Delivery Market Effects

More on delivery fleets: Many retailers are transitioning a portion of their business from brick-and-mortar sales to online. Accordingly, they’re growing their own delivery services or outsourcing to package delivery couriers. They have short-term vehicle needs due to the seasonal spikes inherent in that business.

Coffey said Merchants Fleet is seeing a strong uptake from package delivery couriers, their contractors, and other fleets for Merchant Fleet’s short-term lease (legally a rental) of three months or more, up to a year. It’s two-thirds vans and one-third pickups, he said.

Creative Vehicle Sourcing

Tricia Guidarini, managing director for Element Fleet Management, is also seeing an uptick in fleeting used. Her clients are getting creative in this environment — some are communicating amongst themselves on sourcing vehicles directly from the other when they’re ready to de-fleet. Element will facilitate the transaction, she said.  

Because fleet clients can’t find replacements easily, some are elongating their amortization periods to hold vehicles past their usual cycles.

More Show Coverage: NAFA Field Report: TCO Is Dead

Government fleets are analyzing their duty cycles to sell off under-utilized units to take advantage of the hot resale market. “The days of, ‘I’ll hold onto this vehicle just in case’ are over,” said Mario Guzman, director of public works for the City of Boynton Beach, Florida.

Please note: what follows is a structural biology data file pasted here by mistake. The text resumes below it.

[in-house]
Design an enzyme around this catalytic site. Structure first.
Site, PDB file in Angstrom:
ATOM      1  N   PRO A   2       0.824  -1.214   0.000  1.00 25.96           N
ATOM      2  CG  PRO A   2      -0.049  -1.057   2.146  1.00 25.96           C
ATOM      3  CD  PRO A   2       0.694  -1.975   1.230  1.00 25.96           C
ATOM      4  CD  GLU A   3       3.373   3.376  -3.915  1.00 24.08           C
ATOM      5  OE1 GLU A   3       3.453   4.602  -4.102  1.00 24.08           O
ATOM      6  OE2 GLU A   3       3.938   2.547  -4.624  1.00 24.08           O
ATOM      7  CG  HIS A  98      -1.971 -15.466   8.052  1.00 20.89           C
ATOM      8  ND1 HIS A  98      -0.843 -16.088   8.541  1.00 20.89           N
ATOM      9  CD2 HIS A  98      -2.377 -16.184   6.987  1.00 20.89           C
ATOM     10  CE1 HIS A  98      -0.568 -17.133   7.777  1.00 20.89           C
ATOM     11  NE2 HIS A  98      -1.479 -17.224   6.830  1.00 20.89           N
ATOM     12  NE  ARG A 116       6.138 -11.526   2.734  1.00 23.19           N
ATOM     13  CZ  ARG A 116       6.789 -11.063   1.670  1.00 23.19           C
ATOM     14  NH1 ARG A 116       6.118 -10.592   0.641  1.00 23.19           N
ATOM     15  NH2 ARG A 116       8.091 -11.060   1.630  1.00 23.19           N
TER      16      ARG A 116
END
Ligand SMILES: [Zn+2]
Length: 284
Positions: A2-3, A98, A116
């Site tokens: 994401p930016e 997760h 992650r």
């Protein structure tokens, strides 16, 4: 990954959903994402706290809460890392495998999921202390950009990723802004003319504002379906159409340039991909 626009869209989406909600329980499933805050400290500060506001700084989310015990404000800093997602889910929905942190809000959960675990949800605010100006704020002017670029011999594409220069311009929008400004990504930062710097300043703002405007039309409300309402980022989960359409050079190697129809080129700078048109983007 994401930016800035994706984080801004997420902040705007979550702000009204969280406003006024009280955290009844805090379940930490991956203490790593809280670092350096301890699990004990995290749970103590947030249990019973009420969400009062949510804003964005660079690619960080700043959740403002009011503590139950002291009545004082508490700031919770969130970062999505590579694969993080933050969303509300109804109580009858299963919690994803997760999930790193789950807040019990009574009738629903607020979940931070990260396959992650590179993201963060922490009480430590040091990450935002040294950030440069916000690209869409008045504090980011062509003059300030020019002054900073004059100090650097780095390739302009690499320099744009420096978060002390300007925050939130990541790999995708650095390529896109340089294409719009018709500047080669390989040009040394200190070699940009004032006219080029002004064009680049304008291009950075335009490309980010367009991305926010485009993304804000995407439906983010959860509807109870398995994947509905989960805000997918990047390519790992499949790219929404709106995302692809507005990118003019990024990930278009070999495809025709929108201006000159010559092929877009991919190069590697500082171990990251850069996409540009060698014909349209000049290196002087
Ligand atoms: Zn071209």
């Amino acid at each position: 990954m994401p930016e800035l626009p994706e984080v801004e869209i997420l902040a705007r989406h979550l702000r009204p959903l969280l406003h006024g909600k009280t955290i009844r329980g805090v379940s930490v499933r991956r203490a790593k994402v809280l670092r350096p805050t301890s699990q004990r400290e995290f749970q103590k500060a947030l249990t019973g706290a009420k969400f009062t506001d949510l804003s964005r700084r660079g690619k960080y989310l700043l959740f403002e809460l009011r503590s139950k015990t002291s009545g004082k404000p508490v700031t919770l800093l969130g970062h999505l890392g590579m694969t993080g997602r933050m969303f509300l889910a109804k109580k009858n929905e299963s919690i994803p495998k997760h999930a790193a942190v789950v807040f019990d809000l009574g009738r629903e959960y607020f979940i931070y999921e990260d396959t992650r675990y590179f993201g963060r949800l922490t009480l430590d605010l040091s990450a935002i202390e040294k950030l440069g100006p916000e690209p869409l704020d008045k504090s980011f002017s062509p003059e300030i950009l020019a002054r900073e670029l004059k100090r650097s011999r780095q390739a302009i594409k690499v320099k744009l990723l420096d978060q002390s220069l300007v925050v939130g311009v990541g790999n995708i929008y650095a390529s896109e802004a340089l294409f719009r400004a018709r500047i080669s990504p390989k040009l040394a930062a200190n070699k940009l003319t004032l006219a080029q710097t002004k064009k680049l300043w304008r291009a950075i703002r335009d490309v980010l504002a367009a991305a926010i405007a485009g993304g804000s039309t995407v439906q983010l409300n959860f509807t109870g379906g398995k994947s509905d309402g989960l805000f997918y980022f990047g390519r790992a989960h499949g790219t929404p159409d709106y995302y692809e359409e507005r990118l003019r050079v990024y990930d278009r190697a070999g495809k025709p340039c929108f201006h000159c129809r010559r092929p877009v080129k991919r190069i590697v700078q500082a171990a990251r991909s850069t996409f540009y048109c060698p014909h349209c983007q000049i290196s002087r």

Reconsidering Reimbursement

Other customers are reconsidering reimbursement as a temporary option. “If you’re hiring salespeople and you can’t get them a car, reimbursement is an option,” Guidarini said. “We wouldn’t normally consider it, but in these challenging times we’re thinking about all ways to help our clients.”

Higher Costs, More Delays

The other big issues for fleets: supply chain disruptions around parts, fuel, and maintenance costs, managing reduced fleet budgets, and finding qualified technicians.

As vehicles creep up in age, maintenance costs are on rise. Element data showed an 11% increase in maintenance costs in the last 12 months over the previous period, while 3.4% of that was in the first quarter of 2022 alone.

In one session, the presenter remarked that an employee had previously worked as a last-mile delivery driver. The employee said that one in five vans had a check in engine light on.